Morning Meetings with Jesus: 180 Devotions for Teachers, by Susan O'Carroll Drake, isn't a blog like most of my Monday Mash-Up pieces; it's a book.  I have to share even if it breaks format. I found it while surfing for a few new Kindle books, and I love it.  Each devotion (one for every day of the school year) is short and to-the-point, and comes across as uplifting, not "preachy."  I read one each morning while I get ready, and I find that they're an inspiring start to my school days.

Finally, "No Defense for Webster's 'N' Word," from Secondary Solutions, is a great read for teachers and students.  English teachers encounter this word in lots of great literature. (Of Mice and Men, To Kill a Mockingbird, and The Adventures of Huckleberry Finn come to mind immediately.) It's always uncomfortable and can spark some heated discussion among my students, so I like to address it up front with the kids.  This article links to a great PDF, written by Earl Ofari Hutchinson, that I plan to share in class this week.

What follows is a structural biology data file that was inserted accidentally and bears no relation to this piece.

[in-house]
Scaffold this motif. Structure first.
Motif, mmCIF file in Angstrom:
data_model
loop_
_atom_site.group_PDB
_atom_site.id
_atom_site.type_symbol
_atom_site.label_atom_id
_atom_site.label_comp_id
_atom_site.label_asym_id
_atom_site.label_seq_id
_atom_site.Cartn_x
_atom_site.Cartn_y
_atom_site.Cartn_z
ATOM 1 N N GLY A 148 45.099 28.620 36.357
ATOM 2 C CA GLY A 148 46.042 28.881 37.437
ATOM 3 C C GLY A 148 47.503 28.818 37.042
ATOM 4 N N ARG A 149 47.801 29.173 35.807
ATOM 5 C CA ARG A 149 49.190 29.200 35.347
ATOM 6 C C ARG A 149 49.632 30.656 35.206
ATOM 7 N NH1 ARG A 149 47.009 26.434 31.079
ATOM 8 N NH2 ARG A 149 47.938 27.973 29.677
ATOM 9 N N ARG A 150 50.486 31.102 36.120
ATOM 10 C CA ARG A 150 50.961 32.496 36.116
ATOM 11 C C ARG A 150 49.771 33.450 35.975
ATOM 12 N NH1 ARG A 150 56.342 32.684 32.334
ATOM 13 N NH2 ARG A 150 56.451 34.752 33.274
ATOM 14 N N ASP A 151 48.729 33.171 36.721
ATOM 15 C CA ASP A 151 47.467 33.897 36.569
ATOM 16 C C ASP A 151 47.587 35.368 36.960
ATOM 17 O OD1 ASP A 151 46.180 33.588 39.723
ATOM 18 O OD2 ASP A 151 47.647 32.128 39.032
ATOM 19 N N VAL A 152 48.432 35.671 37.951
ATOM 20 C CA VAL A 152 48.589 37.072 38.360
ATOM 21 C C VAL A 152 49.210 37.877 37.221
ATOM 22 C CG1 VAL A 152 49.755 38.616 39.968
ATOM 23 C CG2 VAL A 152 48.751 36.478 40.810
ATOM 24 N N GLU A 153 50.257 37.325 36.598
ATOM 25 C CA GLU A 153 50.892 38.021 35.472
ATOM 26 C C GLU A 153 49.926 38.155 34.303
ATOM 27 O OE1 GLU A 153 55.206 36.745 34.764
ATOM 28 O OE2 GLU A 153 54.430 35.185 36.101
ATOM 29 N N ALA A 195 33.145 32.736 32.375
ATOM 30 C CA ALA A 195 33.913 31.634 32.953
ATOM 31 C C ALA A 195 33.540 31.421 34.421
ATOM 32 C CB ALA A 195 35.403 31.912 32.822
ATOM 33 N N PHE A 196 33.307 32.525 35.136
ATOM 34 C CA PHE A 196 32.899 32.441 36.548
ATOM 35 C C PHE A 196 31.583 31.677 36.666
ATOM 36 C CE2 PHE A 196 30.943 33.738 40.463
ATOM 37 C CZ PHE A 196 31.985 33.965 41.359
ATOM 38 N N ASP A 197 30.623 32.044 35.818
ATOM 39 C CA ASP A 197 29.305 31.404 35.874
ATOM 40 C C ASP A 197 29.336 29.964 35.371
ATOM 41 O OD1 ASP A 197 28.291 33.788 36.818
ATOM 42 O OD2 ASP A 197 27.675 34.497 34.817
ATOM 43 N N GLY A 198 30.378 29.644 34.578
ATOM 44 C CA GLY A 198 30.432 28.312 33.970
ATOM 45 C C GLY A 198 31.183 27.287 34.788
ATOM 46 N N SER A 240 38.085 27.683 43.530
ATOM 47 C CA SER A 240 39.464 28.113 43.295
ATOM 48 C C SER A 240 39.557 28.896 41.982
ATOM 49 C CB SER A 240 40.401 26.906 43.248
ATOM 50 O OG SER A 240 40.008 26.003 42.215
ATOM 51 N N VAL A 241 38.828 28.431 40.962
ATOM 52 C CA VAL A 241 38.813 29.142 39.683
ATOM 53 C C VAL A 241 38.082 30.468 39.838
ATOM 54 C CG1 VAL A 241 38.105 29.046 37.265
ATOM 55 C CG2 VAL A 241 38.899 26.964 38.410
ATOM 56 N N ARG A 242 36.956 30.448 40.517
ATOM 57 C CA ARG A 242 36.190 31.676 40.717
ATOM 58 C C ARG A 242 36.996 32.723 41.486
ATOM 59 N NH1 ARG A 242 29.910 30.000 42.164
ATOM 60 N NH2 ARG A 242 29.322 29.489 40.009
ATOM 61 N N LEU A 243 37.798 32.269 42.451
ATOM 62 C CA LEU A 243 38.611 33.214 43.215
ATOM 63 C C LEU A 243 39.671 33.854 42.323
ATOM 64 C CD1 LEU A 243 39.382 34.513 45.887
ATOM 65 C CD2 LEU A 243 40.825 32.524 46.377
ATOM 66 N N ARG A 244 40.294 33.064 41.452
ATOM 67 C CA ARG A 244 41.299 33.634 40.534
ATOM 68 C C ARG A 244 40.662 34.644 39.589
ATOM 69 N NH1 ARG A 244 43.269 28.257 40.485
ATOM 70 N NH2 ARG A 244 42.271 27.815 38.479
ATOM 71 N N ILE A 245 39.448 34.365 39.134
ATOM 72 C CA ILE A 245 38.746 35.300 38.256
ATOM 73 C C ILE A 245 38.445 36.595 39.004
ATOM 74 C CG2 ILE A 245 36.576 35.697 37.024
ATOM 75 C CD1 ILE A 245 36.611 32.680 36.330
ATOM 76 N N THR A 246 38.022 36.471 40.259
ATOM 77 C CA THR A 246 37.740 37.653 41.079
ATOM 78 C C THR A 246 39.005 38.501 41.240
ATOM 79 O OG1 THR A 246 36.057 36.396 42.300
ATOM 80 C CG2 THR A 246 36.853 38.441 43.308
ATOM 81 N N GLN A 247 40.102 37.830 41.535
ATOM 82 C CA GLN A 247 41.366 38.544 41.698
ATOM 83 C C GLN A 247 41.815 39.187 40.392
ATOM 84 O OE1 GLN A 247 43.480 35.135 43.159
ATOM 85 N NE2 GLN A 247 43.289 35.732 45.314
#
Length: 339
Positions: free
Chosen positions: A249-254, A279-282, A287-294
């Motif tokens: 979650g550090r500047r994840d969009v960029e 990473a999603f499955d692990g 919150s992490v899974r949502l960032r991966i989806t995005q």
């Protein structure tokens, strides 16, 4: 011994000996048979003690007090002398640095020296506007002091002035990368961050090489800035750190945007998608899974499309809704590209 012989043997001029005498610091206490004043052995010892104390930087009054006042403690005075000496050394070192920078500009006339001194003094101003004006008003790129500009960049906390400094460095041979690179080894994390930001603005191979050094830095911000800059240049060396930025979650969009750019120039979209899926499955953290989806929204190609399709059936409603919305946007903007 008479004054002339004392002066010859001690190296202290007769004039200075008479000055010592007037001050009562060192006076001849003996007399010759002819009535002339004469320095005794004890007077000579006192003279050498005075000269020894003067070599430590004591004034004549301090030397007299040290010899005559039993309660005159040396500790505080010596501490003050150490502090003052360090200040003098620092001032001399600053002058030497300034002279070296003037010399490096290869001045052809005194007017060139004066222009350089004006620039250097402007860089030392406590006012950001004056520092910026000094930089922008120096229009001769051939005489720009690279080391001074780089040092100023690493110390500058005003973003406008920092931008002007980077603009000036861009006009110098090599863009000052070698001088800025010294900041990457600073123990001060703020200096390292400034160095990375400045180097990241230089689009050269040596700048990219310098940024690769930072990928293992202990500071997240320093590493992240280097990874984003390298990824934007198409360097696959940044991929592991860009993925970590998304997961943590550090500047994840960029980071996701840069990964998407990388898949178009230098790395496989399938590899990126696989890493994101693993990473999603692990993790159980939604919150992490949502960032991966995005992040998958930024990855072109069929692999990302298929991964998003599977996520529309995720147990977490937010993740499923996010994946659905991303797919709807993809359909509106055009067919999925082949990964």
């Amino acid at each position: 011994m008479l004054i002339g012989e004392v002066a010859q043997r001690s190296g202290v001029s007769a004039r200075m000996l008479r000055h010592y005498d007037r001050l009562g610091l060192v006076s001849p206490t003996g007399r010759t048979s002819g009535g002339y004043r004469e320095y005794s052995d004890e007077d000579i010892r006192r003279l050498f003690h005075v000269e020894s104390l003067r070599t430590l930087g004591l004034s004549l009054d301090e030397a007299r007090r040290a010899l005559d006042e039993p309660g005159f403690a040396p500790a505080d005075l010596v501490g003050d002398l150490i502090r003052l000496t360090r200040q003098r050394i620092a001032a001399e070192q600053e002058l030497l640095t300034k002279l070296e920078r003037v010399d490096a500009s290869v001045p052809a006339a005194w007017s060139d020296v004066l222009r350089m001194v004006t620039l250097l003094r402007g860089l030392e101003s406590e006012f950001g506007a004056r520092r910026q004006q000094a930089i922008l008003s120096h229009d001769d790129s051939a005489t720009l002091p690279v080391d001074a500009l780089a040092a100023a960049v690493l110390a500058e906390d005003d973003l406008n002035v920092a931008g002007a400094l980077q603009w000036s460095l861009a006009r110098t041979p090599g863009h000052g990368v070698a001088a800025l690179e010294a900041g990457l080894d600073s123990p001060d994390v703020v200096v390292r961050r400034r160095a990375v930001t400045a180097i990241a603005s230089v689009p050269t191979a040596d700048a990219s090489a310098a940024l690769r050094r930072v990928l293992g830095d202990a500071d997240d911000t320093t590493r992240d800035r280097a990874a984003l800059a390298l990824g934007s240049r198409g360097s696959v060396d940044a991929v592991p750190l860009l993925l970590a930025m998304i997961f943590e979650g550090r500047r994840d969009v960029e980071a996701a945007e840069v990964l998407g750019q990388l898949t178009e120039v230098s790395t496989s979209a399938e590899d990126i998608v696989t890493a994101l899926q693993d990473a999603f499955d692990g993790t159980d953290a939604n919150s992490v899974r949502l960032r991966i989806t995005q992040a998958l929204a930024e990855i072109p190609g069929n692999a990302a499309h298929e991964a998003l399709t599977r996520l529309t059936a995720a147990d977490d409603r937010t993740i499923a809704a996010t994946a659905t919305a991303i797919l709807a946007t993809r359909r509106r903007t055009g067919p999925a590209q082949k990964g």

Did I miss anything great this week?  Please share fantastic "teacher-reads" in the comments. And-- don't forget to link up with me this week to share some tips for Better Together!
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Sunday, September 15, 2013

Fostering Critical Thinking with Fishbowl Discussions

In my experience, teenagers tend to struggle with writing for two major reasons: 

1) They're not used to thinking critically.
2) They don't know how to put their thoughts into words.